Noticing vs. giving attention

energy ring nerves Jan 23, 2024

When I think about what "takes me out" at a trial, it's usually because I've allowed my attention and energy to wander off in a not-so-good direction. Examples include: the time I obsessed about a fellow competitor's parking choice, letting myself get twisted up about my ring conflict and what the judge said to me, fixating on the dogs around me in the line-up, and more. (Insert your own experiences as you like.)


The point is that I allowed other things (things I did not control) hijack my energy and attention, taking energy and attention away from my own performance.


When I coach handlers on this topic, I talk about the difference between noticing something and giving it attention. The analogy I use is to think of yourself driving down an expressway with billboards on either side. You likely notice the billboards but forget about them as soon as you pass them. However, if you notice a billboard for Starbucks just as your energy wanes, you note the exit number and how many miles until your next shot of caffeine. You will shift your focus to ensure you don't miss the exit and start to think about placing your order.


You've given the Starbucks billboard your attention, and as a result, it's taking up thoughts in your brain until you are back on the road. Noticing the billboard versus giving it your attention.


We do this at trials all day long. We notice all kinds of things, from what someone is wearing to listening to a dog barking in its crate. We notice these things, but they don't take up any mental space, nor do they take up any energy. Our dogs notice all sorts of things all day, too.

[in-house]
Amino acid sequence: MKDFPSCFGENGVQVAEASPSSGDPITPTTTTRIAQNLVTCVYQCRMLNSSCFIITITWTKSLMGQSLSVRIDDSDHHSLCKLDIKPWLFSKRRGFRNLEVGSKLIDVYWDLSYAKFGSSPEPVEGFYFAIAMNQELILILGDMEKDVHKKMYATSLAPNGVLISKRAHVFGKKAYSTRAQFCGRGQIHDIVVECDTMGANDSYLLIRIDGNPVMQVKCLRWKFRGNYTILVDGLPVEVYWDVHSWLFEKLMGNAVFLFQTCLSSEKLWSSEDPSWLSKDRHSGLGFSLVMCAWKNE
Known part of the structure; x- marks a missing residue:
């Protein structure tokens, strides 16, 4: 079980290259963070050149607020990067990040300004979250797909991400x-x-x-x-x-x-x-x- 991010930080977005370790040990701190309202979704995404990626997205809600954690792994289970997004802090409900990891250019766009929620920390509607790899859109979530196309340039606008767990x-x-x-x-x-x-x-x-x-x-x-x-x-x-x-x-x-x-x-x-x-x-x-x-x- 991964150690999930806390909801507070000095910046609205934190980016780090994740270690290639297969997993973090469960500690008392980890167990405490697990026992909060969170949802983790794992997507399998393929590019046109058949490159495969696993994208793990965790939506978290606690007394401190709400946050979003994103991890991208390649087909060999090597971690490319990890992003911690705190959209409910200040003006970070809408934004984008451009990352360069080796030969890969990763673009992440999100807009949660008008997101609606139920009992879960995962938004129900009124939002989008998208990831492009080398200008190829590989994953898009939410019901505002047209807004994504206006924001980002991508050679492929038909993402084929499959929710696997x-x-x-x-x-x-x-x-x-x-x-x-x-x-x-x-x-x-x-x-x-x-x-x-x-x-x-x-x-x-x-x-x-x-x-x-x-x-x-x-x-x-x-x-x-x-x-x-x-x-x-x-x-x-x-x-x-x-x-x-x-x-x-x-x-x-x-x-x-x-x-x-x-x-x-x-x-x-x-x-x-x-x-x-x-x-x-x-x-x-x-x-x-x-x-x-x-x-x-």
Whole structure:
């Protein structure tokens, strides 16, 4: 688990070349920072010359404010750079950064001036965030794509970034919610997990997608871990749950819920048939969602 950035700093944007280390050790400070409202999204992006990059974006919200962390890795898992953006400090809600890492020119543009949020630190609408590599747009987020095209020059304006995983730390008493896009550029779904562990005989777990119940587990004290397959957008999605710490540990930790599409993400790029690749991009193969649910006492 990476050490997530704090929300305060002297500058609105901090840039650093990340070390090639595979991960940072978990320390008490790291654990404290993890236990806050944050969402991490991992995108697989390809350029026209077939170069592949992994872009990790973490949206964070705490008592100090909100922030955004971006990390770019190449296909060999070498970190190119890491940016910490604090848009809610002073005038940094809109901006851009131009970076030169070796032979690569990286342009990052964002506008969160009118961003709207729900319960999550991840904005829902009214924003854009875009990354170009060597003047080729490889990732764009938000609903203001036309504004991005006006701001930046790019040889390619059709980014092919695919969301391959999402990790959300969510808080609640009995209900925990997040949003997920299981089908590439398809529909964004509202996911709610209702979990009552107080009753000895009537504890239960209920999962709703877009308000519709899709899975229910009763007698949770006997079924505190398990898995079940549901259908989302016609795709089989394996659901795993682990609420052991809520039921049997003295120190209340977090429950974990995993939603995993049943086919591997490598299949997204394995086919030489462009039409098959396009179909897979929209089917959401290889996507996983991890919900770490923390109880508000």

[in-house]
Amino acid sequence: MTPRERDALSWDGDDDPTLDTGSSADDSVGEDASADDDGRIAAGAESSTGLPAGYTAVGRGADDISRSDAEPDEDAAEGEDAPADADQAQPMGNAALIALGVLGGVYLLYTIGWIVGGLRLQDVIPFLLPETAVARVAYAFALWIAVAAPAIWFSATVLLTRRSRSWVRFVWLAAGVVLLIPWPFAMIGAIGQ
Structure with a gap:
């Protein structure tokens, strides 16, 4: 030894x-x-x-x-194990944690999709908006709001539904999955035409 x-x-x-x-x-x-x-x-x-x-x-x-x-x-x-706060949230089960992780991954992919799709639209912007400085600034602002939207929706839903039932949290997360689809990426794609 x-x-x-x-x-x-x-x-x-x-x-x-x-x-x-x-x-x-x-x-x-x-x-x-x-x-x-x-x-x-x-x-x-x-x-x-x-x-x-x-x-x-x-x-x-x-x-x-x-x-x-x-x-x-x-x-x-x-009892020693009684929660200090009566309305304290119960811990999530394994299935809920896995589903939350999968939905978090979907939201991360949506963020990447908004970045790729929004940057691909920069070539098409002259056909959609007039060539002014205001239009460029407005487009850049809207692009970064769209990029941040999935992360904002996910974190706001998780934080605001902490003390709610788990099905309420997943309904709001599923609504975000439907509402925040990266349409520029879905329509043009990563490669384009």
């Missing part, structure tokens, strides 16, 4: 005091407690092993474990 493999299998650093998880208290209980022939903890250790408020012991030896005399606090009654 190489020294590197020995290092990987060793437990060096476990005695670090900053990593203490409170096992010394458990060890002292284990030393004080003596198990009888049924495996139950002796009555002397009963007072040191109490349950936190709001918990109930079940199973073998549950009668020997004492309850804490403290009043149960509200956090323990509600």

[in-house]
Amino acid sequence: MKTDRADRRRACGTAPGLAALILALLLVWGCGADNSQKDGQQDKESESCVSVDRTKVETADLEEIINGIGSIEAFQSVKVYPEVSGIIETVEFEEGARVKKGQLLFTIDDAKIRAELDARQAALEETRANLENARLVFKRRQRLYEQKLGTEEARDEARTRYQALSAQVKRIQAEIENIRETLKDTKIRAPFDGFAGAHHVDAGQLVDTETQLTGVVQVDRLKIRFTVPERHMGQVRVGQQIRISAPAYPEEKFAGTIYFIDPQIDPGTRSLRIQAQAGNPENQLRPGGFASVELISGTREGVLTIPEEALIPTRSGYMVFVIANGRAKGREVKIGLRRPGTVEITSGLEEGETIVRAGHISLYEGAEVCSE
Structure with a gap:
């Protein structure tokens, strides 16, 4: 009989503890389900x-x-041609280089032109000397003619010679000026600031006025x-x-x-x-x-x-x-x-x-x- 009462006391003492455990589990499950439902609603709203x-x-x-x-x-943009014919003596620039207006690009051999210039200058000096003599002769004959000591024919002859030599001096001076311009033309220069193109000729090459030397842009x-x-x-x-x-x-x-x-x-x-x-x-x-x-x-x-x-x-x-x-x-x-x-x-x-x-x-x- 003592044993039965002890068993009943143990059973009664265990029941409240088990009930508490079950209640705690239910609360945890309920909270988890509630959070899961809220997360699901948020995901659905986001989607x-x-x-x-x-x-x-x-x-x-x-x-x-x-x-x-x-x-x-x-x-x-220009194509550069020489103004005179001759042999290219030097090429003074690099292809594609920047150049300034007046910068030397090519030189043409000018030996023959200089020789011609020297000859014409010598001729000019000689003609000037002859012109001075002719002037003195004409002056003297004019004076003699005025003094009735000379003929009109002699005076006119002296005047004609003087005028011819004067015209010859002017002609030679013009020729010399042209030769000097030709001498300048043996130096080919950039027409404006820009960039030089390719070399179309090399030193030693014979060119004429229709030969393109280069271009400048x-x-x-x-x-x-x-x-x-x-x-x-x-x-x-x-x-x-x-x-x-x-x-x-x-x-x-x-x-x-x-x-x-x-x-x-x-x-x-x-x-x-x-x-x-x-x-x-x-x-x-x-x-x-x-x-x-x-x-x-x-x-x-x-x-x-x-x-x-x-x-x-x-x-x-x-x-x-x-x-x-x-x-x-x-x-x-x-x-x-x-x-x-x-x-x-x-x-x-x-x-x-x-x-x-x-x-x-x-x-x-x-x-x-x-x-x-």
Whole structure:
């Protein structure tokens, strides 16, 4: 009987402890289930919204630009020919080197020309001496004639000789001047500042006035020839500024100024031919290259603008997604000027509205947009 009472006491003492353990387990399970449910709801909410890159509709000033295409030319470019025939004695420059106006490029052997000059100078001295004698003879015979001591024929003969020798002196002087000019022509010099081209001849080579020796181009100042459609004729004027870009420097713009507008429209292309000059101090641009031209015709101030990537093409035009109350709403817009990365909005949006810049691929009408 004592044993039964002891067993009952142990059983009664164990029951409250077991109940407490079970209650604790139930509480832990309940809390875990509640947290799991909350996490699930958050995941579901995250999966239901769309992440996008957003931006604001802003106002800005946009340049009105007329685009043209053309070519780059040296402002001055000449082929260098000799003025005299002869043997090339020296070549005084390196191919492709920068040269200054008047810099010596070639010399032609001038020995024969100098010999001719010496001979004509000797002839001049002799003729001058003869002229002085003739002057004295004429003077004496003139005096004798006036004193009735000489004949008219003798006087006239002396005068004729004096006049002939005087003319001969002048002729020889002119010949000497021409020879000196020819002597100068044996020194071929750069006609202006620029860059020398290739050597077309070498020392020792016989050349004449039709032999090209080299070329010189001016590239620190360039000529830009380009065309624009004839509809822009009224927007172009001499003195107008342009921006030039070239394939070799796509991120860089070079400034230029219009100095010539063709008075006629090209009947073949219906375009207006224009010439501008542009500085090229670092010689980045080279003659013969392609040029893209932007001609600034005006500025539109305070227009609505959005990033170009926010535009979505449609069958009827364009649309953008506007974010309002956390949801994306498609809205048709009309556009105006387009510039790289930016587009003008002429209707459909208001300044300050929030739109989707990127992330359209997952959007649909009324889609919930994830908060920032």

Then there are the things we give our attention to - the things we think about repeatedly throughout our day. We get hooked on a thought or a feeling often because we cannot resolve it neatly in our minds. We can't let it go for whatever reason; we are not in control.


When we are nervous, we give our attention away more easily because it becomes an outlet for our nervous energy. Unresolved nerves or anxiety can often look like obsessing over something that seems minor to someone else. The time I obsessed half the day about how someone parked next to me when there was not a designated parking space was just me needing an outlet for my excited energy.


When we train dogs to give us their attention by looking at us, we get to the point in our proofing where it's okay for the dog to notice the distraction so long as they look back at us and not give the distraction their attention. (Click and treat!) That's precisely what we need to do! It's okay (and normal!) to notice things in our environment, but it doesn't mean they warrant our attention. We notice and come back. (Click and treat! Ha!) We get to decide what deserves our attention versus what's an energy-sucking distraction.

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